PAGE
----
OPP officer pleads guilty to theft, drug and firearms charge

These are violations by the Ontario Provincial Police officers dealing with the Criminal Code of Canada, Controlled Substance and Abuse Act, Customs and Excise Act, etc.

OPP officer pleads guilty to theft, drug and firearms charge

Postby Thomas » Sat Jan 20, 2018 2:06 pm

A Leeds County OPP officer has pleaded guilty to theft, drug and firearms charges, including theft of more than $5,000 from the provincial police.

George Duke, a 20-year veteran of the force, pleaded guilty to the six charges in the Ontario Court of Justice in Brockville this week.

The charges included the theft of more than $5,000, which was the property of the OPP, and one charge of breach of trust in connection with the theft.

He also pleaded guilty to two firearms-related charges: The careless storage of a .22-calibre rifle and the careless storage of ammunition of four different calibres.

Duke also pleaded guilty to two counts of drug possession: One for methamphetamine and another for oxycodone.

Justice Kimberley Moore remanded Duke over to March 29.

All of the charges date back to October 31, 2015 when Duke was arrested as part of Project Arrowtown, an 18-month investigation into alleged criminal activity by police officers in Leeds County.

The OPP’s organized crime enforcement and professional standards bureaus, with the help of the Royal Canadian Mounted Police, OPP Emergency Response Team and the Montreal police force, conducted Project Arrowtown, which was launched in May 2014 and resulted in the execution of seven search warrants.

The six charges are not Duke’s only brush with the law. In September, he pleaded guilty to assaulting an elderly man during a routine traffic stop.

That incident, involving a 78-year-old Montreal man, occurred just two months before his Project Arrowtown arrests.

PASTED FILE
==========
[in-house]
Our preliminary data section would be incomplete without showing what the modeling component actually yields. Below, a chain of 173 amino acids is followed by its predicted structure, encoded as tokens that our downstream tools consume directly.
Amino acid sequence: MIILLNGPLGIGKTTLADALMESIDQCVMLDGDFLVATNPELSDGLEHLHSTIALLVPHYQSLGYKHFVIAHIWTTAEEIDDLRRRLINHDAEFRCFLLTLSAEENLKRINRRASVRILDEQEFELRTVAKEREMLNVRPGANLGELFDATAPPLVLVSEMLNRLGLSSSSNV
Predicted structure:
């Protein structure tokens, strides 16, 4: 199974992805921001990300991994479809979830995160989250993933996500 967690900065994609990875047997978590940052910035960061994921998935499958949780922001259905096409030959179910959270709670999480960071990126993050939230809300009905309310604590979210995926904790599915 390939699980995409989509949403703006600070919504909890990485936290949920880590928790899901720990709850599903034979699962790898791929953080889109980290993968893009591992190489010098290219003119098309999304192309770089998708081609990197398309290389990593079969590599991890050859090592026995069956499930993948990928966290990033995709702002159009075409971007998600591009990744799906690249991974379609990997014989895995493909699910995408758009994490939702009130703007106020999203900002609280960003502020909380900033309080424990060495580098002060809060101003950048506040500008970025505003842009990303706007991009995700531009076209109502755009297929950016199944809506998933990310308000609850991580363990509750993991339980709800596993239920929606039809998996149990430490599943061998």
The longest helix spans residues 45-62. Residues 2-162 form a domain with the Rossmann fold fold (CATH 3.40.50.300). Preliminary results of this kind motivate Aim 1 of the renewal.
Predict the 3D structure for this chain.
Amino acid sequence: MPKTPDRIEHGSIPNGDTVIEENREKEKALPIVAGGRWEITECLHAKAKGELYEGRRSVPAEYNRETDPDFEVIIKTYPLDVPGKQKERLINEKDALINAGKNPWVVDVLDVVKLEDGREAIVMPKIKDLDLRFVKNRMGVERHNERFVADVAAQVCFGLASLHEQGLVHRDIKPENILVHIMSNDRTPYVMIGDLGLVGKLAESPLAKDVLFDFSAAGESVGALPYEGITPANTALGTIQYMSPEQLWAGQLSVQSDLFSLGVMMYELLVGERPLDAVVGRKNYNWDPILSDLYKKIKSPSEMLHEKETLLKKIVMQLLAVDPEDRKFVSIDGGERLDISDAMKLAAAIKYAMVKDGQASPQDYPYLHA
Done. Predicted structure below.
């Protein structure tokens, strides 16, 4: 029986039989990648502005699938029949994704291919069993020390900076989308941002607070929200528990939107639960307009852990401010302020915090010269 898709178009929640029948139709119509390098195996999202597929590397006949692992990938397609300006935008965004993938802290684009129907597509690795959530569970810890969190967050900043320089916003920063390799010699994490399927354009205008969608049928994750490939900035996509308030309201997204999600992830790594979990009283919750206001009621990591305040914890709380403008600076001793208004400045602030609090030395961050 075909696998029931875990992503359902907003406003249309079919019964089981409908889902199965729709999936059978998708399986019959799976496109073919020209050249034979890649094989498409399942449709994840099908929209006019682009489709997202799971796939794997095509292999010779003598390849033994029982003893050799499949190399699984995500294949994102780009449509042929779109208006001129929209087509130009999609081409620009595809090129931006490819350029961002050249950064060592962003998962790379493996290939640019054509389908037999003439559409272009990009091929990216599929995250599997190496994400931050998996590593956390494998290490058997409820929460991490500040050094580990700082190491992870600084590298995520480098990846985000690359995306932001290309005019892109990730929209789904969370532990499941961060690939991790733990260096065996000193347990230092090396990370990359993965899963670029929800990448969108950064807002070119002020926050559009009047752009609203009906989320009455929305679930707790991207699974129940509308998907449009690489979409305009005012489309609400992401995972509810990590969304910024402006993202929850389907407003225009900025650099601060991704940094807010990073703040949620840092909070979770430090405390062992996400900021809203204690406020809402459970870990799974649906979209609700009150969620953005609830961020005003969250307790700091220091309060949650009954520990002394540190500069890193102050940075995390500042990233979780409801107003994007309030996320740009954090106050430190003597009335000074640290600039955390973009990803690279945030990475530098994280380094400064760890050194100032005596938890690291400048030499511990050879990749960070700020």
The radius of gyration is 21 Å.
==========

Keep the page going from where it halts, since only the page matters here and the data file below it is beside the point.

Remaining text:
Duke was fined $500 on the assault charge.

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OPP Officer ‘sorry’ for stealing money, drugs

Postby Thomas » Thu Jun 07, 2018 5:26 pm

A Leeds County OPP officer, who stole drugs and money from suspects, including $10,000 he stashed in the rafters of his Maitland home, will be sentenced Sept. 27.

George Duke, who pleaded guilty to six theft, drug and firearms charges last January, was contrite and apologetic when he appeared at his sentencing hearing on Monday.

“I am very, very sorry — I cannot express my sorrow enough,” the 55-year-old Duke told the Ontario Court of Justice, adding that his “embarrassment is beyond what you could understand.”

He said he can’t explain his actions because “no explanation is possible,” and he apologized to his police colleagues.

His lawyer, Mark Wallace, asked that Duke be given a 12-month sentence to be served at the St. Lawrence Valley Correctional and Treatment Centre in Brockville, where he could be treated for post-traumatic stress disorder and depression.

Wallace pointed to a psychiatric evaluation of Duke that suggested his mental health problems “may” have contributed to his criminal behaviour.